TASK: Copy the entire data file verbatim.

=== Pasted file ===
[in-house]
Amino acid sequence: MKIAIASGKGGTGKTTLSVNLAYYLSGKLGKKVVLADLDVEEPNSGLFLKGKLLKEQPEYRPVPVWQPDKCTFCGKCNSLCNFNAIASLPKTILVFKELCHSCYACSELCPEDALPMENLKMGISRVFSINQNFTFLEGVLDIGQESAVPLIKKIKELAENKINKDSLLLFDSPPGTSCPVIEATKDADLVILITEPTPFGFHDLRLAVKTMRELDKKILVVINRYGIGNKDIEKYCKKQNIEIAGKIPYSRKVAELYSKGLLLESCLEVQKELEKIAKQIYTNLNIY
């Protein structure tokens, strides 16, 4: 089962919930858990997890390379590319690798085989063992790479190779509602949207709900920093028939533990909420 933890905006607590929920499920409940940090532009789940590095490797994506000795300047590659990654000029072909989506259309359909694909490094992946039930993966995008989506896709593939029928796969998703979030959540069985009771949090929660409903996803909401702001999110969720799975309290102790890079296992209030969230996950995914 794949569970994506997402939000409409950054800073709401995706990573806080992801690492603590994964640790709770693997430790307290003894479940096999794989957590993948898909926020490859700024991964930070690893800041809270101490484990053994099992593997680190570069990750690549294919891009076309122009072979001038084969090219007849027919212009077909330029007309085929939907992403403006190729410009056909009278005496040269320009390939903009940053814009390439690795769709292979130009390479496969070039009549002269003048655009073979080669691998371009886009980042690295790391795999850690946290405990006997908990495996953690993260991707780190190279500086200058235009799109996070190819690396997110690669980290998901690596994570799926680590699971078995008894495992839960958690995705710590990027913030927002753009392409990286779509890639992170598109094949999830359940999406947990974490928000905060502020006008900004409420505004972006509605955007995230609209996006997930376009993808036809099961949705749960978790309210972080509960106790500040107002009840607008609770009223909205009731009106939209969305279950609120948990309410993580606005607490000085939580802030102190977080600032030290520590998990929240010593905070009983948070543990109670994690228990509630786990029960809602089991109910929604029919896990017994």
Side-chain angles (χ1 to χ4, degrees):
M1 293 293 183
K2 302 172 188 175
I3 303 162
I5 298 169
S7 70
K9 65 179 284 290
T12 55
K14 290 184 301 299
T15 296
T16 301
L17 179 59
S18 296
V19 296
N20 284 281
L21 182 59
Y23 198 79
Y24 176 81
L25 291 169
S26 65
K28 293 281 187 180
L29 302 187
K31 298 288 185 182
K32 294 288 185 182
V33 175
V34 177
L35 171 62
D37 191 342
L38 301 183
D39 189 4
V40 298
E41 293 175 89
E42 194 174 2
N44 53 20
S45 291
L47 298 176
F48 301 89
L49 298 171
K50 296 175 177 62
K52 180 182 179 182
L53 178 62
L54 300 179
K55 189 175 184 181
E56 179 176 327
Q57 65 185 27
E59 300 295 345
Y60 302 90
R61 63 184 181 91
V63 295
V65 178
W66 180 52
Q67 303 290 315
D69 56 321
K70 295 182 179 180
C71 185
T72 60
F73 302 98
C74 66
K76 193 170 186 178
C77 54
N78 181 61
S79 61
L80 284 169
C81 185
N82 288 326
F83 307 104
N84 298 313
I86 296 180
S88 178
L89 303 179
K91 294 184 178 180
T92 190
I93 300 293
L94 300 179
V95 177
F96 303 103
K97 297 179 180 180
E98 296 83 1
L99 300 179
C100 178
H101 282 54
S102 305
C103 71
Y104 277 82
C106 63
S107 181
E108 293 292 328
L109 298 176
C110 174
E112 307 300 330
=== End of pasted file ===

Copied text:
[in-house]
Amino acid sequence: MKIAIASGKGGTGKTTLSVNLAYYLSGKLGKKVVLADLDVEEPNSGLFLKGKLLKEQPEYRPVPVWQPDKCTFCGKCNSLCNFNAIASLPKTILVFKELCHSCYACSELCPEDALPMENLKMGISRVFSINQNFTFLEGVLDIGQESAVPLIKKIKELAENKINKDSLLLFDSPPGTSCPVIEATKDADLVILITEPTPFGFHDLRLAVKTMRELDKKILVVINRYGIGNKDIEKYCKKQNIEIAGKIPYSRKVAELYSKGLLLESCLEVQKELEKIAKQIYTNLNIY
């Protein structure tokens, strides 16, 4: 089962919930858990997890390379590319690798085989063992790479190779509602949207709900920093028939533990909420 933890905006607590929920499920409940940090532009789940590095490797994506000795300047590659990654000029072909989506259309359909694909490094992946039930993966995008989506896709593939029928796969998703979030959540069985009771949090929660409903996803909401702001999110969720799975309290102790890079296992209030969230996950995914 794949569970994506997402939000409409950054800073709401995706990573806080992801690492603590994964640790709770693997430790307290003894479940096999794989957590993948898909926020490859700024991964930070690893800041809270101490484990053994099992593997680190570069990750690549294919891009076309122009072979001038084969090219007849027919212009077909330029007309085929939907992403403006190729410009056909009278005496040269320009390939903009940053814009390439690795769709292979130009390479496969070039009549002269003048655009073979080669691998371009886009980042690295790391795999850690946290405990006997908990495996953690993260991707780190190279500086200058235009799109996070190819690396997110690669980290998901690596994570799926680590699971078995008894495992839960958690995705710590990027913030927002753009392409990286779509890639992170598109094949999830359940999406947990974490928000905060502020006008900004409420505004972006509605955007995230609209996006997930376009993808036809099961949705749960978790309210972080509960106790500040107002009840607008609770009223909205009731009106939209969305279950609120948990309410993580606005607490000085939580802030102190977080600032030290520590998990929240010593905070009983948070543990109670994690228990509630786990029960809602089991109910929604029919896990017994």
Side-chain angles (χ1 to χ4, degrees):
M1 293 293 183
K2 302 172 188 175
I3 303 162
I5 298 169
S7 70
K9 65 179 284 290
T12 55
K14 290 184 301 299
T15 296
T16 301
L17 179 59
S18 296
V19 296
N20 284 281
L21 182 59
Y23 198 79
Y24 176 81
L25 291 169
S26 65
K28 293 281 187 180
L29 302 187
K31 298 288 185 182
K32 294 288 185 182
V33 175
V34 177
L35 171 62
D37 191 342
L38 301 183
D39 189 4
V40 298
E41 293 175 89
E42 194 174 2
N44 53 20
S45 291
L47 298 176
F48 301 89
L49 298 171
K50 296 175 177 62
K52 180 182 179 182
L53 178 62
L54 300 179
K55 189 175 184 181
E56 179 176 327
Q57 65 185 27
E59 300 295 345
Y60 302 90
R61 63 184 181 91
V63 295
V65 178
W66 180 52
Q67 303 290 315
D69 56 321
K70 295 182 179 180
C71 185
T72 60
F73 302 98
C74 66
K76 193 170 186 178
C77 54
N78 181 61
S79 61
L80 284 169
C81 185
N82 288 326
F83 307 104
N84 298 313
I86 296 180
S88 178
L89 303 179
K91 294 184 178 180
T92 190
I93 300 293
L94 300 179
V95 177
F96 303 103
K97 297 179 180 180
E98 296 83 1
L99 300 179
C100 178
H101 282 54
S102 305
C103 71
Y104 277 82
C106 63
S107 181
E108 293 292 328
L109 298 176
C110 174
E112 307 300 330